So this was an interesting almost-month of my life. Pillars of Eternity is the new game from Obsidian, a developer made up of former members of Black Isle Studios, where Baldur’s Gate and just about every worthwhile Baldur’s Gate type game like Planescape: Torment, and Icewind Dale and etc. etc. came from. More recently you may know them from their work on Neverwinter Nights 2 or Fallout: New Vegas. In other words, they might know a thing or two about D&D style PC RPGs. Anyway, look, I am a Death Godlike Cipher, who is some kind of weird mix between a rogue and a mind magic sorcerer, who also has a weird crab head.
This let me sneak around and steal everything AND use my mental powers to mind control almost everyone in sight like an asshole, which is perfect for me. The game begins in a typical style with you being a carefree traveler heading to your new retirement farm, only to be suddenly caught up in mysterious events, which grant you mysterious powers, which make you some kind of chosen one type who must now solve society’s every problem, including those of every individual villager you meet, no matter how trivial, because the life experience you gain from finding some random baglady’s lost ring is vital in procuring more power so that you can more effectively meet the petty needs of even more unwashed peons. You know, fantasy stuff. Anyway, you can tell right when you get to the first village that this is going to be one cheerful adventure.
What’s that you say, bemuscled town man who conveniently wants to join my party? The world is mysteriously cursed, causing most births to result in soulless, mindless morons who can’t even wipe their own asses? Well, I suppose I could try to find some time between errands for peasants to try to stab that problem into submission, if I must…
Seriously though, the main story is actually pretty good. It starts off typically enough, but becomes pretty complex and fascinating as you try to figure out what is going on with your newfound soul powers and what the connection is between them and the “Hollowborn” children, the controversial soul weavers known as Animancers, and the mysterious Leaden Key cult who seems to somehow be involved with them all. By the end it raises some pretty interesting questions about the nature of man and his need for religion, but I can’t really get any more into that without giving the entire plot away.
Combat is also pleasantly deep and complicated. There are very few times, at least until way later if and when you become ridiculously powerful from all those side quests, where just selecting your whole party and clicking attack on something is a workable strategy. You need to pay attention, pick your targets, protect your easily squashed wizard types, and try to manage the sometimes overwhelming odds against you.
Some of the bigger fights are just plain sadistic, surrounding you with powerful enemies, with multiple spellcasters, healers, and tanks, all working against you at once. That’s when you’ll really have to start micromanaging things. If you can get past that damn Raedric fight semi-early on though, you can make it through everything else the game can throw at you. Even the 15 floor super dungeon, the Endless Paths, with enough time and patience.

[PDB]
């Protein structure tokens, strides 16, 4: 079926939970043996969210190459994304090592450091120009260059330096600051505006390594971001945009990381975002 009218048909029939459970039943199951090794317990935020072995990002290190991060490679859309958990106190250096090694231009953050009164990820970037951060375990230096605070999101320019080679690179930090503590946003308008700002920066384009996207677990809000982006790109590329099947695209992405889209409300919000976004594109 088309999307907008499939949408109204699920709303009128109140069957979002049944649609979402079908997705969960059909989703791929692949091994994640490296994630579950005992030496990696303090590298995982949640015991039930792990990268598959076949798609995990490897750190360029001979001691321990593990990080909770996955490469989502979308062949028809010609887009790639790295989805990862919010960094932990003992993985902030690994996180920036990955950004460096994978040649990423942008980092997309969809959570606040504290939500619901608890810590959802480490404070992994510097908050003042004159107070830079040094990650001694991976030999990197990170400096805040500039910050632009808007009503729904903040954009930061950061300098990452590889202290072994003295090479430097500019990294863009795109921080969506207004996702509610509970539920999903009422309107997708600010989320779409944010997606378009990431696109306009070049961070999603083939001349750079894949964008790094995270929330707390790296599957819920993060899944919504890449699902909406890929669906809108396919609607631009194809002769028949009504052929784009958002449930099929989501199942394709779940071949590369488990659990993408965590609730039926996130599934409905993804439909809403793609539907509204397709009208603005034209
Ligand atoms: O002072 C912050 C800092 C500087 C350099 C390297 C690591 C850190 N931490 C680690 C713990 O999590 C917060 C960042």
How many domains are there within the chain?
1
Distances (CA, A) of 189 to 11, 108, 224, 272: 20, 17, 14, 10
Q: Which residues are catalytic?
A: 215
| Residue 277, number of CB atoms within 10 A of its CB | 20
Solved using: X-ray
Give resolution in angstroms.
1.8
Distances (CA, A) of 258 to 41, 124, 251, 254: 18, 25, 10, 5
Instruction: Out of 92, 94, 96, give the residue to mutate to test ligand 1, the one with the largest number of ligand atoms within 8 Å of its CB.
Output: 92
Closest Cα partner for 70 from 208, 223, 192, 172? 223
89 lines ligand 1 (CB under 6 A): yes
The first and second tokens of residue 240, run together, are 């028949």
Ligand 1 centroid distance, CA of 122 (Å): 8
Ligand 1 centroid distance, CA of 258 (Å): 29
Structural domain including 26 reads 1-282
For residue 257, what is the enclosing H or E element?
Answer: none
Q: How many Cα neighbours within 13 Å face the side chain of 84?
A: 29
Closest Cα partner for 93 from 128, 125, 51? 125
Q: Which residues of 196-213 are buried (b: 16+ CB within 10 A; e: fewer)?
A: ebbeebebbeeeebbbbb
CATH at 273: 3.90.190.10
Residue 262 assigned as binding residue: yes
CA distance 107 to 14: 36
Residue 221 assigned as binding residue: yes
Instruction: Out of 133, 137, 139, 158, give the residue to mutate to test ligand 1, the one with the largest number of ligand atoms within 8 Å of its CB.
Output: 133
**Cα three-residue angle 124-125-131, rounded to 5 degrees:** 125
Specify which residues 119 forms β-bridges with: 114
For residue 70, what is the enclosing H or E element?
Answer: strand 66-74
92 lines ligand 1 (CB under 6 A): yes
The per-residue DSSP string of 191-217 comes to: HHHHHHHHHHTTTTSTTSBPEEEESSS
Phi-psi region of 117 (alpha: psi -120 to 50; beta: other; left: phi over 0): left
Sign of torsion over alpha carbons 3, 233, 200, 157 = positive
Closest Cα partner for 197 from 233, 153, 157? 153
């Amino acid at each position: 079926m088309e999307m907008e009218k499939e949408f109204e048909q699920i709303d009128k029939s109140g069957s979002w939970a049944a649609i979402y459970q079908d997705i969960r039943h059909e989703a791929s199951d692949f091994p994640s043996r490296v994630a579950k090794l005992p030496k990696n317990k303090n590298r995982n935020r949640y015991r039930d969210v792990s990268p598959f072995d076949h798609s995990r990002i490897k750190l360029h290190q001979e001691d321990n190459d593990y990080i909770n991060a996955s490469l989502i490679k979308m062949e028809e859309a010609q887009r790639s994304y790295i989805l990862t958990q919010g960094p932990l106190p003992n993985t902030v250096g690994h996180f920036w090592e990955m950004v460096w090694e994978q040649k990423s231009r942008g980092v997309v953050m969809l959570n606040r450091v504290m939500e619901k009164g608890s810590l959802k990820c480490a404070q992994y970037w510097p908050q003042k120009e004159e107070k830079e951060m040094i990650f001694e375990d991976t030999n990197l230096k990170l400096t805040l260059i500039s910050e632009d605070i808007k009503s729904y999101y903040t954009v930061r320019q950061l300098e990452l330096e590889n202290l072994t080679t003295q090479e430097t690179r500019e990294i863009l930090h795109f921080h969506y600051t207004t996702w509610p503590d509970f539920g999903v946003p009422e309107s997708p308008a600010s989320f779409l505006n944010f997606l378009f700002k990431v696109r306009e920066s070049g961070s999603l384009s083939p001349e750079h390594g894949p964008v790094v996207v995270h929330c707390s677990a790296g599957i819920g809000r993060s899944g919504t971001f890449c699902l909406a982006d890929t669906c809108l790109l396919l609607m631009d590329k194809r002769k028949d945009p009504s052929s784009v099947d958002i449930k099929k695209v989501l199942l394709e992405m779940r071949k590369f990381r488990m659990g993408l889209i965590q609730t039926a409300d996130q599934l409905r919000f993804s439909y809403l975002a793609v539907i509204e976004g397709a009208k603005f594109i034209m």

Speaking of the Endless Paths, they are right underneath the fancy fortress you win for yourself in the early days of the game, which you will spend a decent amount of time upgrading and upkeeping. This seems like an interesting addition to the game, but doesn’t really end up adding much of worth. So you can build some shops that sell semi-rare items and gear. Ok, but I can find all that same stuff and much better by just playing the main game. I can build a bunch of things to get rest bonuses for sleeping there for free. Ok, but they’re not very good bonuses and I can just get better ones at an inn at one of the towns that are usually much closer to me and cost so little that they might as well be free. I can make a tiny trickle of income from it once it’s secure enough, providing I take time out of my actual quests to go defend it against invaders who have mysteriously materialized inside the throne room. Ok, but probably spent even more money just to upgrade everything in it to get to that point. Ok, what exactly is the point of this place then? I don’t know, but by the time I realized it wasn’t really going anywhere I had already invested so much time and money into the place that I felt I might as well just go ahead and finish it.
Overall though, it was a very enjoyable experience. It kept me busy for a good 45-60 hours altogether (game clock said something like 45-47, but who knows how many more hours were actually involved on top of that), which was spread out over almost an entire month. My only other real complaint was that there weren’t enough dragons (or many other huge, imposing bosses). There were only 2 in the whole game and 1 of those 2 was a “secret” bonus boss.
If you liked other old games of this type you will almost certainly like this too. It’s no Planescape: Torment, but it comes pretty close. I give Pillars of Eternity 5 weird backstabbing crabheaded assholes whose grotesque appearance was somehow entirely acceptable to all the filthy villagers in the land…out of 5.